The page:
The politics of rice in ThailandBy Bangkok Pundit Jun 09, 2014 10:00AM UTC
On the day after the coup, the junta announced they would immediately pay farmers monies owed from the rice pledging scheme. One of the first tasks by the junta was to repay farmers. At the time of the coup, 92 billion baht had not been paid to farmers and since then around 5-6 billion baht a day has been paid out (around 30 billion baht had been paid since January when pressure came on the government over the failure to pay farmers and prior to that 70 Billion Baht had been paid). By the end of June, it seems likely that all outstanding payments will be made.
But if the country’s ruling generals expected gratitude, it was not on display on Tuesday in this northeastern town, a bastion of the former governing party, which the military overthrew in a coup last Thursday.
“I still have anger in my heart,” said Maitree Vichapa, a farmer and part-time carpenter who arrived with his wife and child to receive 27,000 baht, or around $850. “We should have had this money a long time ago.”
The military also cranked up its propaganda machine, aided by the Thai news media, which has been largely subservient since the coup. “Farmers Receive Money With Tears of Joy,” ran the headline in a national newspaper, Ban Muang.
Other reports showed farmers marching to army bases to hand over red roses and holding up banners proclaiming appreciation for the general who led the coup, Prayuth Chan-ocha. Identical banners, featuring rice stalks and the same image of General Prayuth raising his hand in the air, were paraded by farmers in Phuket, Lopburi and Ubon Ratchathani, provinces that are separated by hundreds of miles.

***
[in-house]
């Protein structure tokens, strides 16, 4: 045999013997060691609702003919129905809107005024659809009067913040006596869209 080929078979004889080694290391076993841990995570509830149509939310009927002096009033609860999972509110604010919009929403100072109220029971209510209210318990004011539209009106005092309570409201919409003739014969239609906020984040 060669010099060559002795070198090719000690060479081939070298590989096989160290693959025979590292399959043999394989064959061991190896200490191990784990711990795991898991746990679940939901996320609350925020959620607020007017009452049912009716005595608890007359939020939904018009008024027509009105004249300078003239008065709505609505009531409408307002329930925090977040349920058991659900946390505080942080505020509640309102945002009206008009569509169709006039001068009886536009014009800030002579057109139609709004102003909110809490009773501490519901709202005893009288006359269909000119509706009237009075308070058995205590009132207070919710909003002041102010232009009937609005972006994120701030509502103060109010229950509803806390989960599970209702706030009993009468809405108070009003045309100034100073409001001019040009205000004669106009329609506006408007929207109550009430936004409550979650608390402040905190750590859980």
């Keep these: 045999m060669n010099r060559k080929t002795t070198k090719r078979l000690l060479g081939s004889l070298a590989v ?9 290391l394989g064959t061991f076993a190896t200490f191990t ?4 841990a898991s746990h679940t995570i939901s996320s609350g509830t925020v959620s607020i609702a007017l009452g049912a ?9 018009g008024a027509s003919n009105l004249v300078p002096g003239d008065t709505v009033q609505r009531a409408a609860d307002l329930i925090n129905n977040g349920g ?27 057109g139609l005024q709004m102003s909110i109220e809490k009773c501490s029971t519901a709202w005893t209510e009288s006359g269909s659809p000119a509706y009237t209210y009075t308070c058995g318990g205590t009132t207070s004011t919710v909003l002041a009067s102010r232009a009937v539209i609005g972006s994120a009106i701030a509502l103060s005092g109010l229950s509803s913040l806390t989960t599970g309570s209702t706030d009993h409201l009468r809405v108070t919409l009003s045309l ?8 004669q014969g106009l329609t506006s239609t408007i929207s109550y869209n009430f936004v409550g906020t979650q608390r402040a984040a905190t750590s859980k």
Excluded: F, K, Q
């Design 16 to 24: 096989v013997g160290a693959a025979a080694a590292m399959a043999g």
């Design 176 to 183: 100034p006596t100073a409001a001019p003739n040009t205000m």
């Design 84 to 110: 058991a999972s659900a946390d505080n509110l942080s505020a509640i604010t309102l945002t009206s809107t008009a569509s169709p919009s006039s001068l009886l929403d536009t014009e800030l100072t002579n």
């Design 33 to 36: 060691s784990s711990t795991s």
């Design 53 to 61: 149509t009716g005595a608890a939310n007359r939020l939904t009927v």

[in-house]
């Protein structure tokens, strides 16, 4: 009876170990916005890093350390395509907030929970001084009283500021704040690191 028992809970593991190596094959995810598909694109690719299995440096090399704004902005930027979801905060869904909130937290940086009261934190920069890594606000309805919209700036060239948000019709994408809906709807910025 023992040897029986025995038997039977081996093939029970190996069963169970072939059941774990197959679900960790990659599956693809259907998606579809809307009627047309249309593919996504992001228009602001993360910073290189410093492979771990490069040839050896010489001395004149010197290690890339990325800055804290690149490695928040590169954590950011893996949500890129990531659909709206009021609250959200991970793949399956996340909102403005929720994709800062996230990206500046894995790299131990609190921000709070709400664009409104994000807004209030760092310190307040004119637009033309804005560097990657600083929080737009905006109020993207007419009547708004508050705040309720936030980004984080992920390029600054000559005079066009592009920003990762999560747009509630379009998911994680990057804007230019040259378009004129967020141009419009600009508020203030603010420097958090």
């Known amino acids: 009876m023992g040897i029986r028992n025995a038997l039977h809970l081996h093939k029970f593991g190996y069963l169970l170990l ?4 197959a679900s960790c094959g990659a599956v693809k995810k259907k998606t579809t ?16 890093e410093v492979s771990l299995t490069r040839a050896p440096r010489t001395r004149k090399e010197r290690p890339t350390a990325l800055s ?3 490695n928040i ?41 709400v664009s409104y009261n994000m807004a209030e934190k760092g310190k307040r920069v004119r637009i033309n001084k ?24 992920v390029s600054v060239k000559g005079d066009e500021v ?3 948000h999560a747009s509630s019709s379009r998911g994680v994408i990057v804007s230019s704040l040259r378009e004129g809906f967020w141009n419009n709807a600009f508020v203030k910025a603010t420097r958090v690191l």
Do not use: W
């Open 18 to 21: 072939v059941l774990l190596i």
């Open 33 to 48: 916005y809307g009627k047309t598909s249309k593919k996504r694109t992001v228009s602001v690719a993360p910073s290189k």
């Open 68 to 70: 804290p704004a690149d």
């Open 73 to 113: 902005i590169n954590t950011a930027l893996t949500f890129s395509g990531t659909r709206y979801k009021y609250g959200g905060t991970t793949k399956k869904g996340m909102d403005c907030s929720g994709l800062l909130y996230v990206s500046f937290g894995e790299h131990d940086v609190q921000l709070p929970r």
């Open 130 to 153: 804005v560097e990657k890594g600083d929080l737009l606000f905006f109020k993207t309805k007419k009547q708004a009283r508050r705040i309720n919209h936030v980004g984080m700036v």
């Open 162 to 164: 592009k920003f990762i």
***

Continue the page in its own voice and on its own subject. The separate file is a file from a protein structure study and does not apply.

Thai newspapers quoted farmers praising the military in highly formal language.
“We, on behalf of all farmers, would like to thank you for your true kindness and understanding of the hardship of the people,” a man who was described as a farmer was quoted by the ASTV Manager news website as saying. “We are here to offer moral support and flowers to thank you, the military of the entire people.”
“Real farmers wouldn’t come out and do those things,” said Duen Douangchansi, a farmer who received 280,000 baht (about $8,580) on Tuesday. “Real farmers would be too busy working.”
David Streckfuss, an expert in Thai politics who is based in the northeast, where the former government was popular, said the army was unlikely to win over many people in the region by handing out the rice money.
“Simply paying people for what they are owed is not going to buy the military any popularity, or somehow legitimize it,” Mr. Streckfuss said.
FT on a visit to the Northeast notes:
Several Isaanis said they felt patronised rather than grateful over what they see as a crude effort at bribery by the junta, which has pledged to pay almost $3bn of unpaid rice subsidies owed to farmers in the region and elsewhere.
BP: Some comments:
At the time of the coup just under half of the 190 billion baht in the current pledging season had yet to be been paid. Not all the voices of support for the military quickly paying the farmers is off former Puea Thai voters, because in many of the provinces where there are many rice farmers particularly in the Lower North there are large pockets of Democrat voters. The failure of the Puea Thai government to pay them is hardly going to make them more likely to vote Puea Thai.
For Puea Thai voters who had already received money – you have to remember more than half of rice farmers had received the money in the current season (as well as for 2 years prior to this) before the coup although it was certainly delayed for this season for many – so for those who had received their money they don’t have much personal reasons to be grateful to the military. In addition, a survey by the Thai Chamber of Commerce last year showed the scheme was popular amongst rice farmers – see here and here.